IBAHRI urges Iranian authorities to release lawyers Nasrin Sotoudeh and Amirsalar Davoodi

Thursday 10 September 2020

In an open letter to His Excellency Ayatollah Ali Hosseini Khamenei, Supreme Leader of the Islamic Republic of Iran, the International Bar Association’s Human Rights Institute (IBAHRI) expresses deep concern over the continued detention of political prisoners in Iran and calls for the immediate release of human rights lawyers Nasrin Sotoudeh and Amirsalar Davoodi being held in the country’s notorious Evin Prison. Mr Davoodi has since contracted COVID-19.

Leading human rights lawyer Ms Sotoudeh, who is arbitrarily detained, is serving a sentence of 38 years in prison and 148 lashes. Mr Davoodi has been sentenced to 29 years in prison, 111 lashes, and a fine of 60 million rials after being charged with crimes against national security. Both are active in the field of human rights.

On 11 August, Ms Sotoudeh embarked on an open-ended hunger strike calling for the release of political prisoners whose lives are at risk due to the spread of COVID-19 in Iran’s overcrowded prisons. Ms Sotoudeh’s health is now in critical condition, and she has been suffering from low blood pressure, fluctuating blood sugar levels and rapid weight loss. On 3 September, the IBAHRI and the Raoul Wallenberg Centre for Human Rights (RWCHR) made an urgent submission to the United Nations Human Rights Council Working Group on Arbitrary Detention to request urgent action to ensure her health, safety and welfare.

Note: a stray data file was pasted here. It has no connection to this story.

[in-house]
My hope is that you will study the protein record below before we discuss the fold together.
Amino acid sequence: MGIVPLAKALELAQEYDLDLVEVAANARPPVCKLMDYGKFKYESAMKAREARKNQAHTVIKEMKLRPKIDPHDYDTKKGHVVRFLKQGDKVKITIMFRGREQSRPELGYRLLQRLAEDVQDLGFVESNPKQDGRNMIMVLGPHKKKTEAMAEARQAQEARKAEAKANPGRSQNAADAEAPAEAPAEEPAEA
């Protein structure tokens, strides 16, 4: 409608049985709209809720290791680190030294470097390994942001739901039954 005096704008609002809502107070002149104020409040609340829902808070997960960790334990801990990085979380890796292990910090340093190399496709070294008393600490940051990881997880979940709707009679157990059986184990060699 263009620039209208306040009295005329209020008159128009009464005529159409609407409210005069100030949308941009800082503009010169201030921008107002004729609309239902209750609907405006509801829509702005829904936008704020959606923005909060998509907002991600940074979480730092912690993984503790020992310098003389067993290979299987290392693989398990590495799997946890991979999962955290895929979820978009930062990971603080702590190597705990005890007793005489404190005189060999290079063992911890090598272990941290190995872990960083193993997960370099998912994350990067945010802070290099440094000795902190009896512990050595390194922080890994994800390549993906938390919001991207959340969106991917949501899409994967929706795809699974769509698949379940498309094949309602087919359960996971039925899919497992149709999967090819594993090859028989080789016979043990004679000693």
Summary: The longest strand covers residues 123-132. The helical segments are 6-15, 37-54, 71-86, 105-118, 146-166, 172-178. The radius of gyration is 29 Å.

In the open letter, IBAHRI Co-Chair Anne Ramberg Dr Jur hc and IBAHRI Director, Baroness Helena Kennedy QC, express grave concern that ‘the unjust sentences of political prisoners, including lawyers and human rights defenders, may turn into death sentences if urgent action is not taken.’ This concern is evident in the condition of Mr Davoodi. Under reforms of Iranian domestic law, political prisoners like Ms Sotoudeh and Mr Davoodi are allowed conditional parole, but requests for this have been ignored or rejected without reason.

On the continued imprisonment and health deterioration of Ms Sotoudeh, Baroness Kennedy QC commented: ‘It is disturbing to see how the Iranian authorities continue to mistreat political prisoners during the global challenge presented by the spread of COVID-19, including human and women’s rights champion Ms Sotoudeh. Her only “crime” is advocating for the rights of others. Even as she is imprisoned and her health is under threat, she continues to courageously advocate for the rights of other prisoners. The IBAHRI urges the authorities to see reason and release Ms Sotoudeh with immediate effect.’

On 18 August, Ms Sotoudeh’s daughter, Mehraveh Khandan, was arbitrarily arrested by five security officers at her home in Tehran and transferred to the court in Evin Prison. No reason was given for her arrest at the time, however she was later charged with physically assaulting a female security officer and released on bail. The letter states: ‘this arbitrary arrest appears to be part of a strategy of increasing pressure on Ms Sotoudeh while she is on hunger strike.’